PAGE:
Famed Materials Scientist Charged With Grant Fraud | Chemical & Engineering News
  • The original version of this story stated the wrong granting agency; Grimes has been accused of misusing a National Institutes of Health grant, not an National Science Foundation grant. The story also misidentified Annemarie Mountz’ affiliation; she is with Penn State, not NSF.
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Web Date: February 3, 2012

Famed Materials Scientist Charged With Grant Fraud

Craig Grimes is accused of misusing $3 million in federal research funds
Department: Science & Technology
Keywords: fraud, scientific misconduct, research funding, materials science

Former Pennsylvania State University electrical engineering professor Craig Grimes, considered a world leader in materials science, has been charged with misusing $3 million in federal research grants.

The U.S. Attorney’s Office for the Middle District of Pennsylvania accused Grimes on Jan. 31 of misusing $1.2 million in grants from the National Institutes of Health and of falsifying information when applying for a $1.9 million grant through the American Recovery & Reinvestment Act. If convicted, Grimes could face up to 35 years in prison fines of up to $750,000.

Grimes had amassed considerable accomplishments during his career; he was named 25th in a list of the world’s top 100 materials scientists by Science Watch in 2011. Grimes’ received much attention for his lab’s 2009 discovery that titanium oxide nanotubes, when hit by sunlight, can turn carbon dioxide into methane, a process that he said could be used as a source of energy (Nano Lett., DOI: 10.1021/nl803258p).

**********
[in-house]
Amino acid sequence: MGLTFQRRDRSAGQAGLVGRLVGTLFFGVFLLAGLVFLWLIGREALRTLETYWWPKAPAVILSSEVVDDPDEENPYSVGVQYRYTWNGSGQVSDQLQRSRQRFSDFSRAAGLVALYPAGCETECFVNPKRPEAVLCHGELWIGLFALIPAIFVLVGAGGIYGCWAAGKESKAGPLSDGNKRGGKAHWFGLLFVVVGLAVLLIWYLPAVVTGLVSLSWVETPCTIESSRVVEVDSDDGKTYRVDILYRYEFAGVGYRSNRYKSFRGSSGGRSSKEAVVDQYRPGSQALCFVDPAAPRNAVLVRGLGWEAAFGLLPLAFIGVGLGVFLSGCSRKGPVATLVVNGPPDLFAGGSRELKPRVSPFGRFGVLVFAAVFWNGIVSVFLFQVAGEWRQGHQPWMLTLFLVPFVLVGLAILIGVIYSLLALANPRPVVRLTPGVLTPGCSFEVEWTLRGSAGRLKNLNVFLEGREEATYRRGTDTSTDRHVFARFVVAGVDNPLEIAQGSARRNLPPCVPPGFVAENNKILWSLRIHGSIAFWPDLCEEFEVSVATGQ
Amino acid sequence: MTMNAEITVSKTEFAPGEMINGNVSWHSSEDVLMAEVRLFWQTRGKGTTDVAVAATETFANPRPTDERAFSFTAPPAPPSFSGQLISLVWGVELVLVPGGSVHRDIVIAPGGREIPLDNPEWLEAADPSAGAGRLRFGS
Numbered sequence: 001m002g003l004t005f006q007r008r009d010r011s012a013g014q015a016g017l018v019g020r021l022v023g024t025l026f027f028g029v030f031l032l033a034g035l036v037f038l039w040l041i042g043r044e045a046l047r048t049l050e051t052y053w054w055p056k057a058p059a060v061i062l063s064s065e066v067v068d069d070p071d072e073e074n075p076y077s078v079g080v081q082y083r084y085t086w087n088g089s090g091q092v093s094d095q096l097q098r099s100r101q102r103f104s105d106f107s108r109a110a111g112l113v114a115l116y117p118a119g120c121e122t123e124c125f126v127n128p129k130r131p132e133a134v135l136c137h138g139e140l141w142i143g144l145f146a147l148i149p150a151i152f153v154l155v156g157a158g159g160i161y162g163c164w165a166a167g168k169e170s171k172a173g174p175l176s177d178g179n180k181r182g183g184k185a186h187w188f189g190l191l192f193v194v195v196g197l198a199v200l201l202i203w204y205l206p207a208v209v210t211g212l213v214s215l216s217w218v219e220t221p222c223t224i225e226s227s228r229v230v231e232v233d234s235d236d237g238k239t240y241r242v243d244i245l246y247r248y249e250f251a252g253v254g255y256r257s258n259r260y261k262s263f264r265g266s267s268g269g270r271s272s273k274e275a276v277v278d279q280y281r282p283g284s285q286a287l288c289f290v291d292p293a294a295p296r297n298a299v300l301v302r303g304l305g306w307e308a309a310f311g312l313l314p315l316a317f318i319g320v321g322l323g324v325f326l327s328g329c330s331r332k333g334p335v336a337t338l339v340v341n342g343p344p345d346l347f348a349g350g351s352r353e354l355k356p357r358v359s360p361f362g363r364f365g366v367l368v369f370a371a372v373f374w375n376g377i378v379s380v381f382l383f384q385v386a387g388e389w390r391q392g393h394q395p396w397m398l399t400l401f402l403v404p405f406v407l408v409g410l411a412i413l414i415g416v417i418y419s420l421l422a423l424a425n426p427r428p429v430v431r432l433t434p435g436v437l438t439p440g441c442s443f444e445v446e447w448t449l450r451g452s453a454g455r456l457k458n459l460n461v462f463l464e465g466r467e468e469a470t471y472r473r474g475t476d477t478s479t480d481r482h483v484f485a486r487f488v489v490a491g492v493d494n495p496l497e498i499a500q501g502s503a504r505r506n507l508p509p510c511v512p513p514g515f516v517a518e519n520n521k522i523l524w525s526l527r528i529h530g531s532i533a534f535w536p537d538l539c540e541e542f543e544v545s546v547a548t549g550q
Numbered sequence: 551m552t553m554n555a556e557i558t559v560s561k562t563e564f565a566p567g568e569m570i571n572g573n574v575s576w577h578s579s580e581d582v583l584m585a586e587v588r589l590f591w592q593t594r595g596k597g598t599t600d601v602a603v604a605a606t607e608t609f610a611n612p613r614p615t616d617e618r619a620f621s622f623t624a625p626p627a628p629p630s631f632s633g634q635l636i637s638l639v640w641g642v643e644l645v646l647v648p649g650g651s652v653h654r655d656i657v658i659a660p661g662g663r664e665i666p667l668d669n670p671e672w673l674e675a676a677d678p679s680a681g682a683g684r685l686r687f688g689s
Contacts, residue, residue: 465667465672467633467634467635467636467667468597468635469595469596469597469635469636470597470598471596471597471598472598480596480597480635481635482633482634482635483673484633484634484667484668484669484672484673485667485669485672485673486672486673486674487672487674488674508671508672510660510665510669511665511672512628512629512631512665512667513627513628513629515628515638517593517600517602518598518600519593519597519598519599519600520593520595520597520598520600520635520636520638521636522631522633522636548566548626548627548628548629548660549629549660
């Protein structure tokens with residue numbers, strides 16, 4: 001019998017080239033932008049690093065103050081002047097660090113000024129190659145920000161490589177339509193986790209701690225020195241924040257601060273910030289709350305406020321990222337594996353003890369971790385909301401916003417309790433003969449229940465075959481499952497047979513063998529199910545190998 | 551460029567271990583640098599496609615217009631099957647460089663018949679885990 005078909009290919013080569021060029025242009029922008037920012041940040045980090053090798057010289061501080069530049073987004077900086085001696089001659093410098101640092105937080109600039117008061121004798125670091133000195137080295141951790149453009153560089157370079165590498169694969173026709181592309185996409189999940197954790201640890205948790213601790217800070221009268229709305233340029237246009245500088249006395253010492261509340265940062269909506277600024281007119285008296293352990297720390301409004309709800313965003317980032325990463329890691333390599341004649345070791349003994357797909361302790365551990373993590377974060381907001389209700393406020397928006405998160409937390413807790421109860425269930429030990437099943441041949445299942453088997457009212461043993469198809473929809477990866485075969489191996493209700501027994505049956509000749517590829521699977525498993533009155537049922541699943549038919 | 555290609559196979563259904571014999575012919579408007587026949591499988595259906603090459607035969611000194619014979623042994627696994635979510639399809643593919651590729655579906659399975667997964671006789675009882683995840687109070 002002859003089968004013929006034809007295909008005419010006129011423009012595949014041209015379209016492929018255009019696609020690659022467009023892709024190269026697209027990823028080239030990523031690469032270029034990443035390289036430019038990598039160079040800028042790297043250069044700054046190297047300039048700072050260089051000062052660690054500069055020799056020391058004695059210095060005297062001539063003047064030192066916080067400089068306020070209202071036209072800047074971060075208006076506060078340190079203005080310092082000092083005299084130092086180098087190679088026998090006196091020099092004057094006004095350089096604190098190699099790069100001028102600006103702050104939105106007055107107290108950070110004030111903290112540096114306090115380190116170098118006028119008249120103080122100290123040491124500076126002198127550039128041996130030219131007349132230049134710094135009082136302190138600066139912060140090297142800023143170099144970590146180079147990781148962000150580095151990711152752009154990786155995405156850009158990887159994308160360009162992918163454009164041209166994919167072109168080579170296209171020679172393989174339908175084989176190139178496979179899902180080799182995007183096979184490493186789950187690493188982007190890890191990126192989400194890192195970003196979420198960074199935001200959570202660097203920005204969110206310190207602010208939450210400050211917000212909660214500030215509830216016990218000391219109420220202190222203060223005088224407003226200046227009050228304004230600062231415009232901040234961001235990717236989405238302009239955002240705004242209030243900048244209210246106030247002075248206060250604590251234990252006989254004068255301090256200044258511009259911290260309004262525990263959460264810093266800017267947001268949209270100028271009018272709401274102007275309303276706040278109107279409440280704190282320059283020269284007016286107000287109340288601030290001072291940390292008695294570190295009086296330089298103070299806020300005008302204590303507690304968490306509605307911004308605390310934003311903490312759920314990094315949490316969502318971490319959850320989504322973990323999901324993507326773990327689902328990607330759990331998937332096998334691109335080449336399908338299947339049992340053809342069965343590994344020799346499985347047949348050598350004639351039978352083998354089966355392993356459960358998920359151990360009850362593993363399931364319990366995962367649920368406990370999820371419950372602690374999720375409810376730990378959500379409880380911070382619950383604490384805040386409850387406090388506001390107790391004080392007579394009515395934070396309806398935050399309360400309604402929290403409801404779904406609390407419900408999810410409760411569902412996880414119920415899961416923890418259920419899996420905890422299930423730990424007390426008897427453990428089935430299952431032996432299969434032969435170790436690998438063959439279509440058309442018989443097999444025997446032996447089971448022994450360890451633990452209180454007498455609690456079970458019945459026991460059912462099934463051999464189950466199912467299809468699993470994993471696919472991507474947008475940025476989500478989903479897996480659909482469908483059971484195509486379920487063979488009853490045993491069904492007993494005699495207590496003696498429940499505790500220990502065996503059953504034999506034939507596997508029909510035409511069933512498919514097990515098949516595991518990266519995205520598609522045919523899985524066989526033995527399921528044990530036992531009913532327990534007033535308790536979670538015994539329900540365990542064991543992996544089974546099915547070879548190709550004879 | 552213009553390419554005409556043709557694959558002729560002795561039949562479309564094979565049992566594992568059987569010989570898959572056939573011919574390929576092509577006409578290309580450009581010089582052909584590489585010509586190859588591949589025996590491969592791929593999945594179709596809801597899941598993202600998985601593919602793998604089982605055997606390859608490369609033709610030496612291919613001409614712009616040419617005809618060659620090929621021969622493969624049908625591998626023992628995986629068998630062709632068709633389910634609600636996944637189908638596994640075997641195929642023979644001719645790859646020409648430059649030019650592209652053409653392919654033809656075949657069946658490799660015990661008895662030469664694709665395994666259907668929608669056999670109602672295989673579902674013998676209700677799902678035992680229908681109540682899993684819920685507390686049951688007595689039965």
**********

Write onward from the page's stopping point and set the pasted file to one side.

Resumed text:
The investigation of funding misuse dates as far back as 2010. The National Institutes of Health notified Penn State on June 18, 2010, that they were investigating Grimes’ use of his NIH award, according to Annemarie Mountz, the university’s assistant director for public information

The U.S. Attorney’s Office says that Grimes applied for a $1.2 million grant for his solely owned company, SentechBiomed, based in State College, Penn. Grimes claimed he would use the grant to develop methods for measuring blood gases in infants that would detect a common complication of prematurity, necrotizing enterocolitis. However, the Attorney’s Office claims that Grimes never performed the research.

Penn State fired Grimes on Dec. 31, 2010, and the university reimbursed NIH for Grimes’ misused funds, Mountz tells C&EN.

That information was kept so quiet, however, that Grimes received a lucrative offer from Texas Tech University in Lubbock, Texas, during his investigation at Penn State. Grimes was hired as Texas Tech’s Donovan Maddox Distinguished Engineering Chair in Solar Energy and was scheduled to start on Jan 1, 2011. Christopher Cook, director of communications and marketing at Texas Tech, says Grimes accepted the position in the summer of 2010. But the university rescinded the offer in late August of the same year. Although the U.S. Attorney’s Office release states that Grimes is a resident of Raleigh, N.C., Grimes listed his affiliation as Nanjing University of Technology, in China, in a 2012 journal article.